The pandemic has shut down the global demand for fossil fuels. That means Bay Area refineries can't process all the crude oil that’s already loaded on tankers and coming our way. It's estimated that the oil tankers currently along the West Coast are carrying enough crude oil to meet as much as 20 percent of the world's daily demand.
That's a lot of oil! And it’s potentially troubling news for San Francisco Bay. The five oil refineries along the Bay have slowed production or shut down outright. They're not fouling our local environment with toxic fumes or wastewater as much as usual, but the waiting tankers are now serving as floating storage. And some of them are parking here in the Bay.
Oil tankers pose the greatest danger to the Bay and the safety of Bay Area residents when they're in motion, or when bad weather strikes. But even so, we don't want the Bay to become a parking lot for surplus oil.
Last week, the Bay's largest anchorage—the Port of San Francisco's Anchorage #9, near Hunters Point—had 10 tankers parked in its twenty-four spaces, with four more tankers floating on the Bay.
There's currently no limit to how long tankers can stay docked in the Bay—unlike at the Port of Los Angeles, now parked up near capacity, which caps docking at ten days.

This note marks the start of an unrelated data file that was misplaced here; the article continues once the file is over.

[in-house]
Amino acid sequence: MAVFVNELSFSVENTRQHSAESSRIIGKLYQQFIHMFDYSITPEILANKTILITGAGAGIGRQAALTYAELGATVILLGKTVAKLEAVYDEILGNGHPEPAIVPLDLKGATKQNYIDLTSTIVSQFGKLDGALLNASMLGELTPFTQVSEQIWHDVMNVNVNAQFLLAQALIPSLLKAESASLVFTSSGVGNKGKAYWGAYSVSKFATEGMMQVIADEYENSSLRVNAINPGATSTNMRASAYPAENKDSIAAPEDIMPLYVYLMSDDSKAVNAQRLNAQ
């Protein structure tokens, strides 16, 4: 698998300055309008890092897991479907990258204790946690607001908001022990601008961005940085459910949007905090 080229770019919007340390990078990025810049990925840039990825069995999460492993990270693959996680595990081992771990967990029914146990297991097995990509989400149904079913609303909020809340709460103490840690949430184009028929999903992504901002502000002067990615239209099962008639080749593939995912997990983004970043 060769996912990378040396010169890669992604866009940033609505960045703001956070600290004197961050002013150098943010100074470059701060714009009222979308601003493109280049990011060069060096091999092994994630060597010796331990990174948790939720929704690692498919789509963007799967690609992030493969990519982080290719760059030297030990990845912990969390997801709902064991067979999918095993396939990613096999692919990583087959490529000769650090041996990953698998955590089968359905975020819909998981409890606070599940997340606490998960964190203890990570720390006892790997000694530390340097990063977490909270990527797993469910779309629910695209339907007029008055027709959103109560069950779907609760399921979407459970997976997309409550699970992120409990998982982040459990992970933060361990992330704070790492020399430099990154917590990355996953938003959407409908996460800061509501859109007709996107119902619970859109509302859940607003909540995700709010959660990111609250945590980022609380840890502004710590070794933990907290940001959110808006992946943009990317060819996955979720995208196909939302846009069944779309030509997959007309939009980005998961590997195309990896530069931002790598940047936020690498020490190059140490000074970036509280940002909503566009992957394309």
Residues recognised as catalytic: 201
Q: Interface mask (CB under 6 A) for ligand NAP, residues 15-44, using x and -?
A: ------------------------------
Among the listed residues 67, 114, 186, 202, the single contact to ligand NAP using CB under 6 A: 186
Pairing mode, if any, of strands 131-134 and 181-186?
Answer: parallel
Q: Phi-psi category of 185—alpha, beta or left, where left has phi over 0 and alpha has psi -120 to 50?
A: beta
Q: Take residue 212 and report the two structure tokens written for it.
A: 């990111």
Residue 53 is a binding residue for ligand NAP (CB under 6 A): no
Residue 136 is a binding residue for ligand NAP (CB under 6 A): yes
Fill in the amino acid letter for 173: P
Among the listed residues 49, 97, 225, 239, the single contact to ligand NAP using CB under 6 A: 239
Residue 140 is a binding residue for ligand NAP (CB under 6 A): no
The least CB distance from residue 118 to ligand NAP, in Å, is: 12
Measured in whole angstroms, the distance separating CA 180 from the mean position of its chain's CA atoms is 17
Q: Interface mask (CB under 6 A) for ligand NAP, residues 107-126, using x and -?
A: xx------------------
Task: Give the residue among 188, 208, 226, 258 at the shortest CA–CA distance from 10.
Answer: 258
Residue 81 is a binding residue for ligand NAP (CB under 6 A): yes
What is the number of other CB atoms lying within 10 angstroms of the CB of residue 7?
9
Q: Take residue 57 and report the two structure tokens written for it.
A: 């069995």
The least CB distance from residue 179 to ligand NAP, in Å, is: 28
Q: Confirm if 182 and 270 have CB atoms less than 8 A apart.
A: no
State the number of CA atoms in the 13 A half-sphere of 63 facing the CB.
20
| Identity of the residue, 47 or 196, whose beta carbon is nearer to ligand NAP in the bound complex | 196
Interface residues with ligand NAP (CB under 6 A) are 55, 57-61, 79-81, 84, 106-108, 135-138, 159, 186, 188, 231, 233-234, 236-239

Baykeeper is a member of the Bay's Harbor Safety Committee and has met with the Coast Guard—virtually, of course—to understand current plans to minimize the number of tankers in the Bay and reduce the risk of spills.
The tankers remain subject to the Bay's strict safety guidelines, and they're being carefully guided by San Francisco Bay Bar Pilots, so things appear to be under control at the moment. However, the Coast Guard is monitoring the number of tankers on the Bay, and has the authority to move vessels to prevent overcrowding and make sure navigation is safe. Baykeeper skippers are supporting this effort by keeping an additional pair of eyes on the tankers during our regular patrols.
These are uncertain times and conditions can change overnight—especially if conventional oil storage runs out and Big Oil starts looking for risky alternatives. The Bay can never afford an oil spill, but combined with the effects of the COVID crisis, a spill now would be especially tragic for the health of the Bay and Bay Area communities. And with Trump promising yet another industry bailout at taxpayer expense, Big Oil has nothing to lose. That's why Baykeeper is closely monitoring the situation, keeping tabs on the agencies, and making sure that everyone is prepared to prevent an oil spill in the Bay.
Pictured: The Amazon Falcon oil tanker on San Francisco Bay; Skipper Mark Caplin piloting the Baykeeper patrol boat (photographed by his partner, Eileen).